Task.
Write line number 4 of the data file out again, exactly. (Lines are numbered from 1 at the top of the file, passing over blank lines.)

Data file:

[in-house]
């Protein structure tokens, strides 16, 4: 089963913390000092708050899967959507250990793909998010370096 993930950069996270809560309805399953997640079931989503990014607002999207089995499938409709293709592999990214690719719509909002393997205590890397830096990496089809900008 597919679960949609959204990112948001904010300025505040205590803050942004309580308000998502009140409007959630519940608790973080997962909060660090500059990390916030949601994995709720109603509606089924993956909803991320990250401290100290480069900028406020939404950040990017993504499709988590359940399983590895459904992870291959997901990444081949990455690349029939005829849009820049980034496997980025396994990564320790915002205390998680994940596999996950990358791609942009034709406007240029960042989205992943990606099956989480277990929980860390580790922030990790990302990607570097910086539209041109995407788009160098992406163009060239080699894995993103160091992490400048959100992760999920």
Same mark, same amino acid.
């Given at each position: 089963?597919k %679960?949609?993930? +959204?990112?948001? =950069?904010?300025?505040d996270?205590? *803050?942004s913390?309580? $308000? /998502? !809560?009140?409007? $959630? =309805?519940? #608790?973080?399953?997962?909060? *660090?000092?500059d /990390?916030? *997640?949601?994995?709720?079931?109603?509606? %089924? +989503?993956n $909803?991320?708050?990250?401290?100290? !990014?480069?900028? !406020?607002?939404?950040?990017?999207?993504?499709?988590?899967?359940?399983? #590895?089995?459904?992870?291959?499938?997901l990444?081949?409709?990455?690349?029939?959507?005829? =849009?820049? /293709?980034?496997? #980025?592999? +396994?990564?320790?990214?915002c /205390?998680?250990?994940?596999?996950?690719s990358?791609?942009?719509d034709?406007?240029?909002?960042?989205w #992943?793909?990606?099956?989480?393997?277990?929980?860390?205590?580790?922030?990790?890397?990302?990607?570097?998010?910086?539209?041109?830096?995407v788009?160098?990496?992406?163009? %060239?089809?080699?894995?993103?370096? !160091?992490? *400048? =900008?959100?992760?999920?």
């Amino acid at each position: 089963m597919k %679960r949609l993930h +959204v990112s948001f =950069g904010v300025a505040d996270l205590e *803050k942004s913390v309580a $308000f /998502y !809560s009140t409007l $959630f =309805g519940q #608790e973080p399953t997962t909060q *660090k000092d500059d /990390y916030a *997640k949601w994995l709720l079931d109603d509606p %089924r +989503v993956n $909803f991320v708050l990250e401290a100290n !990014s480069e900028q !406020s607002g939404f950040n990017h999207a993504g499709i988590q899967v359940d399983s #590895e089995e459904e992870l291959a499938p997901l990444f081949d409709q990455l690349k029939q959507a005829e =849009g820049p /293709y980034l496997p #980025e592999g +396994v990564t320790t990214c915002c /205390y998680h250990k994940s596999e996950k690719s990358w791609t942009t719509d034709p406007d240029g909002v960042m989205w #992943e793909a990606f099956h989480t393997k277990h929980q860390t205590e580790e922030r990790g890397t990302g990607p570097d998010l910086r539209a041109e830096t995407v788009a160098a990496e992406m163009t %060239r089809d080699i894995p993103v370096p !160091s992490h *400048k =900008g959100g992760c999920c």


């Given at each position: 089963?597919k %679960?949609?993930? +959204?990112?948001? =950069?904010?300025?505040d996270?205590? *803050?942004s913390?309580? $308000? /998502? !809560?009140?409007? $959630? =309805?519940? #608790?973080?399953?997962?909060? *660090?000092?500059d /990390?916030? *997640?949601?994995?709720?079931?109603?509606? %089924? +989503?993956n $909803?991320?708050?990250?401290?100290? !990014?480069?900028? !406020?607002?939404?950040?990017?999207?993504?499709?988590?899967?359940?399983? #590895?089995?459904?992870?291959?499938?997901l990444?081949?409709?990455?690349?029939?959507?005829? =849009?820049? /293709?980034?496997? #980025?592999? +396994?990564?320790?990214?915002c /205390?998680?250990?994940?596999?996950?690719s990358?791609?942009?719509d034709?406007?240029?909002?960042?989205w #992943?793909?990606?099956?989480?393997?277990?929980?860390?205590?580790?922030?990790?890397?990302?990607?570097?998010?910086?539209?041109?830096?995407v788009?160098?990496?992406?163009? %060239?089809?080699?894995?993103?370096? !160091?992490? *400048? =900008?959100?992760?999920?």